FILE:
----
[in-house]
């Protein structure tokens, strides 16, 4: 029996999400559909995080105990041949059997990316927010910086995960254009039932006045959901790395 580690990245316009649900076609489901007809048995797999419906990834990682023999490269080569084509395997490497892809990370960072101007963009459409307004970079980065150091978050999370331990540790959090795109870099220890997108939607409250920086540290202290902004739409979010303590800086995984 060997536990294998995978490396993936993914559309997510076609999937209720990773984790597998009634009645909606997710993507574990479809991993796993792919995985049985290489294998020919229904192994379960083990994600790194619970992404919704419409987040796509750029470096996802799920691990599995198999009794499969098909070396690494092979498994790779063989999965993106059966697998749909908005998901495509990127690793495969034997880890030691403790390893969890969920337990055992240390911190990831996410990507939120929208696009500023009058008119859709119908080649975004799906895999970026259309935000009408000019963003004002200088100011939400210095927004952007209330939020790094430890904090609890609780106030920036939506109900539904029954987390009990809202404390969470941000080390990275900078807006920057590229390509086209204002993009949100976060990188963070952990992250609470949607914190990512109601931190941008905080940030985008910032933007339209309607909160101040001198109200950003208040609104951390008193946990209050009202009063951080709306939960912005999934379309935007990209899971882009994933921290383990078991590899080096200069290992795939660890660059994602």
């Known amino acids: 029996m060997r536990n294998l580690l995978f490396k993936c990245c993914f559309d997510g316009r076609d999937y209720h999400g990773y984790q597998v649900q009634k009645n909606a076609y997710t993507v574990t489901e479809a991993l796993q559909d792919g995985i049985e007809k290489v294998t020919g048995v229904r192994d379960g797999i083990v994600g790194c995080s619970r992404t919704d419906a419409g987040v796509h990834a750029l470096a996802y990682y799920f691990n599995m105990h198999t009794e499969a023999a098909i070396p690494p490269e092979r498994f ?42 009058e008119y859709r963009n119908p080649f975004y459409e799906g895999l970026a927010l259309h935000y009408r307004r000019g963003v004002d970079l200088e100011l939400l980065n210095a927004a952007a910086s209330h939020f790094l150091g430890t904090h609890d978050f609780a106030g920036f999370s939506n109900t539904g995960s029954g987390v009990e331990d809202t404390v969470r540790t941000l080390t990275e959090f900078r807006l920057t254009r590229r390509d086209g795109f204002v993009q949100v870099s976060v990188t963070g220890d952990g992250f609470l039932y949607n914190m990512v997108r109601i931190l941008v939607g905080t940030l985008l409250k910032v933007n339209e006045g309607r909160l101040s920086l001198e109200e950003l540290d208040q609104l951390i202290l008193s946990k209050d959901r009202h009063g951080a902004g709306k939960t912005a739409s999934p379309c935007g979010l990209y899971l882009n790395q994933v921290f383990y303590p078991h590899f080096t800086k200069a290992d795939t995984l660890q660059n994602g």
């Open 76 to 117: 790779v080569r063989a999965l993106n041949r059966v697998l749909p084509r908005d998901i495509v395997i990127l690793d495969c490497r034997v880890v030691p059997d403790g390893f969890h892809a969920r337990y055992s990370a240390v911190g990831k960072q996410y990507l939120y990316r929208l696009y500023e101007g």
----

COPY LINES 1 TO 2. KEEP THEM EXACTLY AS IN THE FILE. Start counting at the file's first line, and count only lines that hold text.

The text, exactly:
[in-house]
């Protein structure tokens, strides 16, 4: 029996999400559909995080105990041949059997990316927010910086995960254009039932006045959901790395 580690990245316009649900076609489901007809048995797999419906990834990682023999490269080569084509395997490497892809990370960072101007963009459409307004970079980065150091978050999370331990540790959090795109870099220890997108939607409250920086540290202290902004739409979010303590800086995984 060997536990294998995978490396993936993914559309997510076609999937209720990773984790597998009634009645909606997710993507574990479809991993796993792919995985049985290489294998020919229904192994379960083990994600790194619970992404919704419409987040796509750029470096996802799920691990599995198999009794499969098909070396690494092979498994790779063989999965993106059966697998749909908005998901495509990127690793495969034997880890030691403790390893969890969920337990055992240390911190990831996410990507939120929208696009500023009058008119859709119908080649975004799906895999970026259309935000009408000019963003004002200088100011939400210095927004952007209330939020790094430890904090609890609780106030920036939506109900539904029954987390009990809202404390969470941000080390990275900078807006920057590229390509086209204002993009949100976060990188963070952990992250609470949607914190990512109601931190941008905080940030985008910032933007339209309607909160101040001198109200950003208040609104951390008193946990209050009202009063951080709306939960912005999934379309935007990209899971882009994933921290383990078991590899080096200069290992795939660890660059994602």